7. What is the “Commerce Clause”?
Article I, Section 8, specifically grants to the Federal Government the right to “regulate commerce … among the several states…”
The Commerce Clause allows the Federal Government to regulate any activity that affects “interstate commerce”. It is the most commonly employed justification for the passage of federal laws affecting citizens and businesses within the US. In reality, almost any sort of business activity affects interstate commerce and thus falls under the regulatory authority of the Federal Government. The Federal Government does not, however, have the authority to regulate an activity that is carried out solely within a state’s borders and has no discernible effect on interstate commerce.
• Example: The Federal Government may prohibit discrimination by hotels and theaters that serve individuals crossing state lines. It would not, however, be able to prohibit an individual from raising plants for personal consumption on private land, when the seeds for those plants do not originate outside of the state and the plants produced will never be sold commercially or transferred outside of the state.
Unless an area of law is expressly reserved for federal regulation, states have the authority to pass laws based upon their police power. The state law cannot “intend to regulate” or “substantially conflict with” interstate commerce. The substantially conflict with provision is known as the “Dormant Commerce Clause”.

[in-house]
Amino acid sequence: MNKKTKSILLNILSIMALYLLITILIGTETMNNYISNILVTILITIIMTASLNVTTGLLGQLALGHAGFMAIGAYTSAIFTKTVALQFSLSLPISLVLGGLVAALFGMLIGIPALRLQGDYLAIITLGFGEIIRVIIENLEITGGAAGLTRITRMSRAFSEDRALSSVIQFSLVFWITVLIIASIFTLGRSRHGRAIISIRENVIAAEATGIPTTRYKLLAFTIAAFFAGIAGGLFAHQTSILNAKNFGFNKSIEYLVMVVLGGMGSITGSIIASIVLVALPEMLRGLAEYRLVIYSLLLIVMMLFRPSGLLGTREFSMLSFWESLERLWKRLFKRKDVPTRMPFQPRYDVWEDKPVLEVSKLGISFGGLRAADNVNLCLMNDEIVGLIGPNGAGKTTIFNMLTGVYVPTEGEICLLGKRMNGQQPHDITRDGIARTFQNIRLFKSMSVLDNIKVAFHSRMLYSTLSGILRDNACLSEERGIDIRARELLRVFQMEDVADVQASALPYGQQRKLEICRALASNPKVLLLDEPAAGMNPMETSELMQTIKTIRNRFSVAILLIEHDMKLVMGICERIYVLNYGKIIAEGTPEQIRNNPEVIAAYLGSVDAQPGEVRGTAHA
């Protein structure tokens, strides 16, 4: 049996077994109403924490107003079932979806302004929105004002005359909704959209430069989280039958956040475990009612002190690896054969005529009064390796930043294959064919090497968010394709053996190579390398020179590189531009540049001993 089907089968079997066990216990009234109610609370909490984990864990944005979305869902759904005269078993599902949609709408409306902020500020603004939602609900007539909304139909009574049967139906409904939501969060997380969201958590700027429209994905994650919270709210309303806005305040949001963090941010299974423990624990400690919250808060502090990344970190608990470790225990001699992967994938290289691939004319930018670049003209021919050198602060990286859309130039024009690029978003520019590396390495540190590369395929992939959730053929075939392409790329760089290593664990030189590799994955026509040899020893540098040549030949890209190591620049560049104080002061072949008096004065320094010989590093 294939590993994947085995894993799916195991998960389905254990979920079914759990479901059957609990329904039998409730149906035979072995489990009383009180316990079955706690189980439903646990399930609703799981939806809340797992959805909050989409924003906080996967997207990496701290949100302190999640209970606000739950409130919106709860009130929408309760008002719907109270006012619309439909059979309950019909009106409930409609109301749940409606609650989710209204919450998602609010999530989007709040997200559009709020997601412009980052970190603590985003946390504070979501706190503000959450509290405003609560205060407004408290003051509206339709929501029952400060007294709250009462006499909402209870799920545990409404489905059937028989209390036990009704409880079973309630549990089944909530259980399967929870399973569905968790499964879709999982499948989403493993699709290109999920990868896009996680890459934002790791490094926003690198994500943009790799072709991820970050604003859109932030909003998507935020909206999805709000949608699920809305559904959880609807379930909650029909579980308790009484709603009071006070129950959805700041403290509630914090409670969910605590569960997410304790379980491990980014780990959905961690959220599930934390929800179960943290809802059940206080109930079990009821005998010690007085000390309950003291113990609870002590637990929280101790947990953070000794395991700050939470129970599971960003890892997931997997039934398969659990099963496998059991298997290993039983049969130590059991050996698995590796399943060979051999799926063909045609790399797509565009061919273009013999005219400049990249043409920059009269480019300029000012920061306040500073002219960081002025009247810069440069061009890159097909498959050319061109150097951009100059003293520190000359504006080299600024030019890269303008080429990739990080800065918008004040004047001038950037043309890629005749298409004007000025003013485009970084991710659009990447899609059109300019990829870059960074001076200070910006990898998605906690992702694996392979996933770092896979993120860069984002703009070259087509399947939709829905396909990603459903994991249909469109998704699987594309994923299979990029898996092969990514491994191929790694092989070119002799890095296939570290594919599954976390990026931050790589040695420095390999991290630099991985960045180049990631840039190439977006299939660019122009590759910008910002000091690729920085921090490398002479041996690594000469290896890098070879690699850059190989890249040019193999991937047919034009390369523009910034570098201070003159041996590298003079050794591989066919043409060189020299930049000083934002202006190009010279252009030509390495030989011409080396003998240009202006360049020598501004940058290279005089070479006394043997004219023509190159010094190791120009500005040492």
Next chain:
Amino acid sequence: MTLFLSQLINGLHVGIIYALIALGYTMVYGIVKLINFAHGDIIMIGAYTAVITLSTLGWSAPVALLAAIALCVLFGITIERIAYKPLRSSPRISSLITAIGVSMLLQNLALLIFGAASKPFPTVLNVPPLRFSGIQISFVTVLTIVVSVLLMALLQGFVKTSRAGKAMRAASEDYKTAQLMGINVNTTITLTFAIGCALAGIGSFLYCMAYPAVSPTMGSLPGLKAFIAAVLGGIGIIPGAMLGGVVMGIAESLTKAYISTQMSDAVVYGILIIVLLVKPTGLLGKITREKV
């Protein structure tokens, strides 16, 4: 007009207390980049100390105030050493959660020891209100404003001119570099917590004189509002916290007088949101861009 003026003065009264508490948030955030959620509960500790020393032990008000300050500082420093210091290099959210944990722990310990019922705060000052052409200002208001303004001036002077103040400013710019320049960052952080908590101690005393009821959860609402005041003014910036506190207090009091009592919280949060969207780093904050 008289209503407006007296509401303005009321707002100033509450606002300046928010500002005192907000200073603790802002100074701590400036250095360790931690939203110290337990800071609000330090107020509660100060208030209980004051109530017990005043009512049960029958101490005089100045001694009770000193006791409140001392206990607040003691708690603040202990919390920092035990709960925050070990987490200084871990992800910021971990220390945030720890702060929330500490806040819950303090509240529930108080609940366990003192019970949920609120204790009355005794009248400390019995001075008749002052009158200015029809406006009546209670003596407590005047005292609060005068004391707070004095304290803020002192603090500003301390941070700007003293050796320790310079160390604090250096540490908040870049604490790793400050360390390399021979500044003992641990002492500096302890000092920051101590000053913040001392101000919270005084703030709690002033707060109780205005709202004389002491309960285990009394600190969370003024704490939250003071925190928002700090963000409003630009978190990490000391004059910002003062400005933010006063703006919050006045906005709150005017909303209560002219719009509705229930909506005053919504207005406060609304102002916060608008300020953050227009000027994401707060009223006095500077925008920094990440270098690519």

• Discussion: Can you think of any activities that are regulated under state law that would be outside of the regulatory authority of the Federal Government? Can you think of any historical cases where the Federal Government has passed a federal law that overturns state law? (Hint: Think about civil rights legislation and state laws discriminating against certain individuals.)
• Practice Question: Clarence owns land in Georgia. He plans on extracting a rare type of mineral from the land and selling it to baseball teams to rub on the baseball to reduce the bright glare of the ball when batting. The Federal Government passes a law that prohibits the sale of this type of product. Clarence is outraged that the Federal Government will not allow him to collect and sell mud from his own land. Does the Federal Government have authority to prohibit Clarence’s intended business? Explain.